The removal of a Vatican representative from a disputed territory has some speculating that the Holy See is aiming for good relations with Communist authorities in China.
The Vatican recently announced that their representative in Taiwan, Monsignor Arnaldo Catalan, would be transferred to Rwanda. That move followed the announcement that their representative in Hong Kong, Monsignor Javier Herrera Corona, would also be transferred to Congo. The Vatican did not provide any explanation regarding the transfers. It generated the speculation that the Vatican is endeavoring to be in good terms with the Chinese Communist Party. The accusation has been dismissed by Catholic prelates.
Fox News reports:
The Roman Catholic Church has shuffled its representatives in key East Asian countries, drawing speculation that the Vatican is making good faith moves to appease the Chinese Communist Party (CCP), an accusation that Catholic prelates deny.
On Jan. 31, the Vatican announced that Monsignor Arnaldo Catalan in Taiwan would be leaving the country to take a new position in Rwanda. Five days later, it was announced that Monsignor Javier Herrera Corona of Hong Kong would be moving stations to the Congo.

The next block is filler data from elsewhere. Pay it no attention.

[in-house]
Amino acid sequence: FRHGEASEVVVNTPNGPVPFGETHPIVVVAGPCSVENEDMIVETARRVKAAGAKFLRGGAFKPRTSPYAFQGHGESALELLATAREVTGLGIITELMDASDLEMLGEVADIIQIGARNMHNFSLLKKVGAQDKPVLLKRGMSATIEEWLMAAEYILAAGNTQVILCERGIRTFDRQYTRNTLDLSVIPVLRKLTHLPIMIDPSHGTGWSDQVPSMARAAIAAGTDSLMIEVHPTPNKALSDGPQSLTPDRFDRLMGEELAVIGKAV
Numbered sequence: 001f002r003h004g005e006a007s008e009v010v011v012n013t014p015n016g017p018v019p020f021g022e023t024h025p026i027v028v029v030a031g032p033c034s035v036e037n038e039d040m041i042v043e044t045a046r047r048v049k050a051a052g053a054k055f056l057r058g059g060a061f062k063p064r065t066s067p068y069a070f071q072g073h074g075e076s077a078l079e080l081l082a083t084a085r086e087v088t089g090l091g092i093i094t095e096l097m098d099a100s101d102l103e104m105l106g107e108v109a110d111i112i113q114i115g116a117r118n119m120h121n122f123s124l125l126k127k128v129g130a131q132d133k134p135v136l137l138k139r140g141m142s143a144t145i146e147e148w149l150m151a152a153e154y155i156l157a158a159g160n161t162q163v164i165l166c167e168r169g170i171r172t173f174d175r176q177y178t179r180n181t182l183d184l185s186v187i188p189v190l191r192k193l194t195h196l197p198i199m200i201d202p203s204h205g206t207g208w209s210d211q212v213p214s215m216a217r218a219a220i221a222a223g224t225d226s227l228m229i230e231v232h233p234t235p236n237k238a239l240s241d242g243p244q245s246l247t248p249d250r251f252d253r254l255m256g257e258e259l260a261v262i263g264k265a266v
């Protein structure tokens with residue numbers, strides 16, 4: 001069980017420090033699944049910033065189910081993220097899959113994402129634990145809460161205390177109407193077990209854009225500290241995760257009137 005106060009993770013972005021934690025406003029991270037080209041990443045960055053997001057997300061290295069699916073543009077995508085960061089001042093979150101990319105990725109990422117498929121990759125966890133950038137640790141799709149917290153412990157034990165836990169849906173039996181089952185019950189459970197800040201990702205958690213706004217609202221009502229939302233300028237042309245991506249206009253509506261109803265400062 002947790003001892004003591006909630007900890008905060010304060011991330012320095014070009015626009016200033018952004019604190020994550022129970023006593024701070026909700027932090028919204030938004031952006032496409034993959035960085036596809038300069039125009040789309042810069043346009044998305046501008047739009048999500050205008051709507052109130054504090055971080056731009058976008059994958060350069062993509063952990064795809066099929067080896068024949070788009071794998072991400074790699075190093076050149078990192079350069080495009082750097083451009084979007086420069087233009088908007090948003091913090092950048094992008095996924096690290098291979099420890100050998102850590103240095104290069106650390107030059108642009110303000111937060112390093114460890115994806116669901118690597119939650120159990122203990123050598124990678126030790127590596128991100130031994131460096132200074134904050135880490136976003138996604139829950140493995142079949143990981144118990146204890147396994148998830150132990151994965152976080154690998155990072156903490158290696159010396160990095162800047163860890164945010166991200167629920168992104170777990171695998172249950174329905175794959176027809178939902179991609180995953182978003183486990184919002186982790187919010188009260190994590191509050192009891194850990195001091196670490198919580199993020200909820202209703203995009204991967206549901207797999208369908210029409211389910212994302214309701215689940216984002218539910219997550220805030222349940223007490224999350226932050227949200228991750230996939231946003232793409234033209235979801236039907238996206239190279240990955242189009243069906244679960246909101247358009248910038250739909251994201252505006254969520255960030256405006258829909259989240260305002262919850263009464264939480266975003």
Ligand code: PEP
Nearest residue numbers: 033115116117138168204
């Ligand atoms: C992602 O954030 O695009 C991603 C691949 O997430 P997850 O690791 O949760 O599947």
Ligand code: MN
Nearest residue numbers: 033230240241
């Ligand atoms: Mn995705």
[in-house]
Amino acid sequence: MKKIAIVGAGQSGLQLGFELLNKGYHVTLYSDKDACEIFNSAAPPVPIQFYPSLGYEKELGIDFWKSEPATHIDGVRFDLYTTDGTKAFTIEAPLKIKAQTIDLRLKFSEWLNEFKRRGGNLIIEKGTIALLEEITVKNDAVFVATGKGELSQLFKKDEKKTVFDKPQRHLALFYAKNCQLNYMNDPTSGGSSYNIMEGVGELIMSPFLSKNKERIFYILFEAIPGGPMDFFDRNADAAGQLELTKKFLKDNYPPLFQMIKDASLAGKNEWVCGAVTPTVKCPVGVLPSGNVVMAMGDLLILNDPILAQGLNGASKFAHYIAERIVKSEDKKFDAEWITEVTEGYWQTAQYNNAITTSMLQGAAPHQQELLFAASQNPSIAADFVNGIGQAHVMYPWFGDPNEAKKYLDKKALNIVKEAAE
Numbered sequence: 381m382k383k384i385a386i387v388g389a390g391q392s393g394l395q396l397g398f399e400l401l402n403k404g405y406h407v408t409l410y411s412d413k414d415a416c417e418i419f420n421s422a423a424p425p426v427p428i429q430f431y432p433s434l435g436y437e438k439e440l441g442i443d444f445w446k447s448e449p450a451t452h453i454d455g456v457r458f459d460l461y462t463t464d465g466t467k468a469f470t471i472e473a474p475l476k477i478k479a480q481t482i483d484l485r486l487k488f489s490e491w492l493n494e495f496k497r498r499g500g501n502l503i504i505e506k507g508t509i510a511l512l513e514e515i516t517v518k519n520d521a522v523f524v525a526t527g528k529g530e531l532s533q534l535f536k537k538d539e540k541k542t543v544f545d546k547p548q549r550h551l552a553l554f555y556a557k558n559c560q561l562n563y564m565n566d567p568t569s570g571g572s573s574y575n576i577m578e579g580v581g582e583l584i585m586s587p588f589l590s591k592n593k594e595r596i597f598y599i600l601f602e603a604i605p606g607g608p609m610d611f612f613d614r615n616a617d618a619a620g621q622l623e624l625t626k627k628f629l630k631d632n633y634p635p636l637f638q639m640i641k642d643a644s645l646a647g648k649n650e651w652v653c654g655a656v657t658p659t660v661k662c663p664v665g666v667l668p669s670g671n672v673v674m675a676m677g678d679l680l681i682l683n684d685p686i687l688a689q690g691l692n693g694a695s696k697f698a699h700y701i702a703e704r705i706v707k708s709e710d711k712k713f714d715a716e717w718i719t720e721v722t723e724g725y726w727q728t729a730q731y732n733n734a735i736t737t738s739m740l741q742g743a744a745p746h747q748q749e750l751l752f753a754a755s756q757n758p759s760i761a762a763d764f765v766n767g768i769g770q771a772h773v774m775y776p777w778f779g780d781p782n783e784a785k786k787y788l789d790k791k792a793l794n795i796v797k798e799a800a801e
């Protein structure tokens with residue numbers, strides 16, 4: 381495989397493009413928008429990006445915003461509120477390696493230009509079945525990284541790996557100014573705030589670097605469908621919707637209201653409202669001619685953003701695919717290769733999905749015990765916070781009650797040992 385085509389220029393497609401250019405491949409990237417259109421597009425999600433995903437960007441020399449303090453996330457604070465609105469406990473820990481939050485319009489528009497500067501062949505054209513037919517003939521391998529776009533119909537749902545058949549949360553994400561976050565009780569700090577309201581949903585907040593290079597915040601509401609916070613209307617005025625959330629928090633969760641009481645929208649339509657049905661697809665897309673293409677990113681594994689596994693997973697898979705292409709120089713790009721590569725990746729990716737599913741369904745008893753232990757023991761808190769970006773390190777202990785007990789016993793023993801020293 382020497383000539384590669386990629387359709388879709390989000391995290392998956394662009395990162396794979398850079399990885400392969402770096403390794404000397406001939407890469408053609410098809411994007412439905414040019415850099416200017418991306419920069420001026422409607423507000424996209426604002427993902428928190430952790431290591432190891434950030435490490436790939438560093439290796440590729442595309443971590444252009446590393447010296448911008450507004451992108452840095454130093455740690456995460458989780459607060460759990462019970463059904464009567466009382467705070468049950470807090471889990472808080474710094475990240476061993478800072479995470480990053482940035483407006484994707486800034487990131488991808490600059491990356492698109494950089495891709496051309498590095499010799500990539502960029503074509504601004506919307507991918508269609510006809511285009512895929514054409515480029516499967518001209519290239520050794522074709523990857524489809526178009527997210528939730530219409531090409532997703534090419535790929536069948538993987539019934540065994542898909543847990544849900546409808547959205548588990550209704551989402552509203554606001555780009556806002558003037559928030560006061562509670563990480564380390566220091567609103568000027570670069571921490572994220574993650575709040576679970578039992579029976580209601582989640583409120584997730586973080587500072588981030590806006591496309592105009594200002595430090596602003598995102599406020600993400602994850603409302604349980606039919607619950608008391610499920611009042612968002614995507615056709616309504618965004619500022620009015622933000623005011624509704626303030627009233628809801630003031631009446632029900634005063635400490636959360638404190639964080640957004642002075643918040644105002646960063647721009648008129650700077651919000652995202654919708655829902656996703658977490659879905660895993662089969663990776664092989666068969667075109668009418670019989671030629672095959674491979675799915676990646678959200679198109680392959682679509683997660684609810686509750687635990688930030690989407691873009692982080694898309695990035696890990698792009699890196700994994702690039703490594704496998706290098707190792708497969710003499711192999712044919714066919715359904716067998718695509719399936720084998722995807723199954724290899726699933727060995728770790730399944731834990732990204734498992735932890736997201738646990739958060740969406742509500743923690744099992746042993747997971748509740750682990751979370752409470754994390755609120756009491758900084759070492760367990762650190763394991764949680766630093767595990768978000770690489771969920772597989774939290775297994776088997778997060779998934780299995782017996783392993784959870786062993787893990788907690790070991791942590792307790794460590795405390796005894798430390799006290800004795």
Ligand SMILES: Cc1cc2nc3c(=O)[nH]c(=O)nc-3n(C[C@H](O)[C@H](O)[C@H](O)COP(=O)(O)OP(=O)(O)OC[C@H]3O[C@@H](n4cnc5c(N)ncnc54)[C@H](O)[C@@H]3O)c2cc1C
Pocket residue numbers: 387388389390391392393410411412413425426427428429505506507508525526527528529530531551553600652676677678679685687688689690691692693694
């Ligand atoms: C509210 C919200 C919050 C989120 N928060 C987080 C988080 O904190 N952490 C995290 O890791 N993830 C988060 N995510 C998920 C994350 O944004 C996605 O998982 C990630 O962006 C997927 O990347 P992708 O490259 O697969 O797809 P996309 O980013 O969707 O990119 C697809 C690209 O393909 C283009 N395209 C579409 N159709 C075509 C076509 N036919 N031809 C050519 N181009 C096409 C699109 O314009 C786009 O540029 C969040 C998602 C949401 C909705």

The Vatican has not had formal diplomatic relations with Beijing since the Communist Revolution, but the newly vacated seats in Hong Kong and Taiwan – two key international positions for communication with the CCP – have raised concerns that the church is considering actively reaching out to China.
Monsignor Corona spoke with the Union of Catholic Asian News Feb. 8 about the transfers and told reporters that the reshuffling was a normal, unremarkable process.
“These are regular transfers,” Corona told UCA News.
“The mission in Hong Kong is not closed. Taiwan is also not folding,” he continued, adding that replacements could be “expected within three months.”
In China, the only organization approved for public Catholic worship is the Chinese Patriotic Catholic Organization. The Chinese Communist Party controls the management and functioning of the church.
The Catholic Church in China is unofficially split along political lines between the Communist Party-approved Chinese Patriotic Catholic Organization (CPCO) and the “underground church” that has attempted to evade CCP interference in their liturgy and hierarchy.
The CPCO Church is the only approved form of public Catholic worship in the country, as the CCP maintains tight grips on the appointment of bishops and celebration of sacraments, despite Vatican protests.
Catholicism poses a unique problem for the Communist nation, as its structure and governance grants the foreign pontiff authority over the spiritual lives of its followers.
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